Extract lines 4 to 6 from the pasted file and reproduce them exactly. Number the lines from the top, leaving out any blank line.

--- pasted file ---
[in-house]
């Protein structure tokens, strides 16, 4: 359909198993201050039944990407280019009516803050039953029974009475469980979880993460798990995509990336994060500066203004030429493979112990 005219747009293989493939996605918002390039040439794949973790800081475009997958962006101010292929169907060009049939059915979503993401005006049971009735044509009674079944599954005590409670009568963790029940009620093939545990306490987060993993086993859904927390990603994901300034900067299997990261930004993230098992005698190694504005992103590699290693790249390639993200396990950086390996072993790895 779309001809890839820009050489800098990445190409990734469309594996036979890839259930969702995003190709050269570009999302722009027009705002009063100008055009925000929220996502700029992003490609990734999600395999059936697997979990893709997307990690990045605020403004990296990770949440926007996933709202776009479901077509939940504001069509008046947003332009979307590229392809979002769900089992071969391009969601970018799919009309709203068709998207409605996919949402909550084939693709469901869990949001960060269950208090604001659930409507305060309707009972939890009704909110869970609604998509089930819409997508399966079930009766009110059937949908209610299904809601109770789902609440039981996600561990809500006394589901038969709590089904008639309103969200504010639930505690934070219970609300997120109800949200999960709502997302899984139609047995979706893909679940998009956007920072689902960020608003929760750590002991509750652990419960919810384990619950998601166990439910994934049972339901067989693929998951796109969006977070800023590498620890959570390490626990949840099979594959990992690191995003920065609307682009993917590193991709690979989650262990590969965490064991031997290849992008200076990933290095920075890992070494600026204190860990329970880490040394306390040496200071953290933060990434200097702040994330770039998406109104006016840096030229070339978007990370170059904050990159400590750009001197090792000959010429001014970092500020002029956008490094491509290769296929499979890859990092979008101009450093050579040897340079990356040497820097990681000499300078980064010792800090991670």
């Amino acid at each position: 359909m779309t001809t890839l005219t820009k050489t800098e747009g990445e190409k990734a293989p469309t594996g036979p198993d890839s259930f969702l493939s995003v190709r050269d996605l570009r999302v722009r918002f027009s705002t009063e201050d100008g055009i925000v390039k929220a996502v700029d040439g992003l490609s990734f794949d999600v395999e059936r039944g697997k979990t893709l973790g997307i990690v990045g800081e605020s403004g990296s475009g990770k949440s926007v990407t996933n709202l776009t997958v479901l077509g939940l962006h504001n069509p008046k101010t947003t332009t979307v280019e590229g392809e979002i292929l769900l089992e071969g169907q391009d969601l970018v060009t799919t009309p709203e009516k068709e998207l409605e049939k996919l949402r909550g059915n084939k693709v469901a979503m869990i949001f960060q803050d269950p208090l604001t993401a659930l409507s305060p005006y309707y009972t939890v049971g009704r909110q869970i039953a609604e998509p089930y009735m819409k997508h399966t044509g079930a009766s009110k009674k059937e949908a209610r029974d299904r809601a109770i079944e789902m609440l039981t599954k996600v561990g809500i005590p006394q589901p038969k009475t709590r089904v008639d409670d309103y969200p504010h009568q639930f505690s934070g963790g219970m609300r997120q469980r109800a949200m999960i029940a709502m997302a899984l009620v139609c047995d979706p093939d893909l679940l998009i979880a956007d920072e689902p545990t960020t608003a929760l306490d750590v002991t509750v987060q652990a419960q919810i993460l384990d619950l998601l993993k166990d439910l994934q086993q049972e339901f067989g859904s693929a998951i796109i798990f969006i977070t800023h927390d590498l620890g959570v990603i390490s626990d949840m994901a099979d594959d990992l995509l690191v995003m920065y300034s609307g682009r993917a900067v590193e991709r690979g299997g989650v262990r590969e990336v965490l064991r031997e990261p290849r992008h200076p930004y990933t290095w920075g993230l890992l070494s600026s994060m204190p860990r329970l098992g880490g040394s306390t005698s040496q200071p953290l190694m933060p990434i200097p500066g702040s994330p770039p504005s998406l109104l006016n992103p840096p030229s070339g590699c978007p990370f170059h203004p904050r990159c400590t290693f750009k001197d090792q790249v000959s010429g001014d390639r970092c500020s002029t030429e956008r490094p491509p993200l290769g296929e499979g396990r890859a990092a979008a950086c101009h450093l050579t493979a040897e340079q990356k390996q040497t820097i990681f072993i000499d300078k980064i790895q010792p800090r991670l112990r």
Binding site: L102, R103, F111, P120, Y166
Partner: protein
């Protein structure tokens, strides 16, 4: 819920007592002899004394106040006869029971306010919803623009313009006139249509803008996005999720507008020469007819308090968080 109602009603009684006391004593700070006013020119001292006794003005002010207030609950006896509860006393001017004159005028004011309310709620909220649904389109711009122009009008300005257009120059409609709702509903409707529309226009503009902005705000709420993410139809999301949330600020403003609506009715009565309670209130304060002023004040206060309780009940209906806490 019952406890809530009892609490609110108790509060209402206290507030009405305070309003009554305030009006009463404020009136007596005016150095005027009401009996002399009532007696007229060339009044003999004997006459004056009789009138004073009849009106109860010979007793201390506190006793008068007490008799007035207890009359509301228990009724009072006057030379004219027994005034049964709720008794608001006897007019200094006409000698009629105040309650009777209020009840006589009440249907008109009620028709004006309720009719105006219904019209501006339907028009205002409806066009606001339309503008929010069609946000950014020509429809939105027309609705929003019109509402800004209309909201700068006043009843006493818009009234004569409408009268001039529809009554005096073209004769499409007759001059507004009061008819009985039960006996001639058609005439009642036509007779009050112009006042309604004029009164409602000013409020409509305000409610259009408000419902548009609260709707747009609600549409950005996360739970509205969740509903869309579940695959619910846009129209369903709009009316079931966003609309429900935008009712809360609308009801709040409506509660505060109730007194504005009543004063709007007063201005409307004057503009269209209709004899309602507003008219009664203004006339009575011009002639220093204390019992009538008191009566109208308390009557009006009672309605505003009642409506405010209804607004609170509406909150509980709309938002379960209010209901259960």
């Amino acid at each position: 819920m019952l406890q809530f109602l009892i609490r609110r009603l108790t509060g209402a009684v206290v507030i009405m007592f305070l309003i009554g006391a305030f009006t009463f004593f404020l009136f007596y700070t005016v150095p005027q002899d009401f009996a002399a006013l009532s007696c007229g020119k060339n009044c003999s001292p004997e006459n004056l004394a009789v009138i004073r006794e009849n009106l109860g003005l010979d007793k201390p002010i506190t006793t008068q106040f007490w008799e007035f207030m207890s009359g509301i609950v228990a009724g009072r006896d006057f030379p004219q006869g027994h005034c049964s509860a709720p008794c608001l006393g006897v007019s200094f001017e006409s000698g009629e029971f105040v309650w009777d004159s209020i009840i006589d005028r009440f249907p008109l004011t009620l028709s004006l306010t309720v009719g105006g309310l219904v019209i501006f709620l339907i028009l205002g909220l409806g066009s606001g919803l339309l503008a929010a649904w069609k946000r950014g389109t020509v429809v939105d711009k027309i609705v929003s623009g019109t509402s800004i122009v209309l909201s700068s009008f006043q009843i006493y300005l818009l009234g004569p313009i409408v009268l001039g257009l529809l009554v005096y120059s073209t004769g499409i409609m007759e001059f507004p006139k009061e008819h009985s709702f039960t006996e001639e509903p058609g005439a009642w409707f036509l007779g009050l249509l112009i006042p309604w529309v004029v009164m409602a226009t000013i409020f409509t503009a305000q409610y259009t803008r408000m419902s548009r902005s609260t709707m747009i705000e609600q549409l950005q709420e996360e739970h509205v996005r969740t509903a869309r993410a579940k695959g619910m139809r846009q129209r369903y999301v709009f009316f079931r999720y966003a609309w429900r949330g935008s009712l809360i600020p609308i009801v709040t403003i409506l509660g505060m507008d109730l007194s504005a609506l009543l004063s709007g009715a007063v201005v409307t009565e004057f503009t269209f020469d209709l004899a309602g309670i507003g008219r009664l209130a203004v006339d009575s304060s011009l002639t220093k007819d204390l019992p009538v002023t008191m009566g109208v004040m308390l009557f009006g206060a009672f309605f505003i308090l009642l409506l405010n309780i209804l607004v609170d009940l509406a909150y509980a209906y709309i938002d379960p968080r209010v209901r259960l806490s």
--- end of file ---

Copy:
Binding site: L102, R103, F111, P120, Y166
Partner: protein
């Protein structure tokens, strides 16, 4: 819920007592002899004394106040006869029971306010919803623009313009006139249509803008996005999720507008020469007819308090968080 109602009603009684006391004593700070006013020119001292006794003005002010207030609950006896509860006393001017004159005028004011309310709620909220649904389109711009122009009008300005257009120059409609709702509903409707529309226009503009902005705000709420993410139809999301949330600020403003609506009715009565309670209130304060002023004040206060309780009940209906806490 019952406890809530009892609490609110108790509060209402206290507030009405305070309003009554305030009006009463404020009136007596005016150095005027009401009996002399009532007696007229060339009044003999004997006459004056009789009138004073009849009106109860010979007793201390506190006793008068007490008799007035207890009359509301228990009724009072006057030379004219027994005034049964709720008794608001006897007019200094006409000698009629105040309650009777209020009840006589009440249907008109009620028709004006309720009719105006219904019209501006339907028009205002409806066009606001339309503008929010069609946000950014020509429809939105027309609705929003019109509402800004209309909201700068006043009843006493818009009234004569409408009268001039529809009554005096073209004769499409007759001059507004009061008819009985039960006996001639058609005439009642036509007779009050112009006042309604004029009164409602000013409020409509305000409610259009408000419902548009609260709707747009609600549409950005996360739970509205969740509903869309579940695959619910846009129209369903709009009316079931966003609309429900935008009712809360609308009801709040409506509660505060109730007194504005009543004063709007007063201005409307004057503009269209209709004899309602507003008219009664203004006339009575011009002639220093204390019992009538008191009566109208308390009557009006009672309605505003009642409506405010209804607004609170509406909150509980709309938002379960209010209901259960």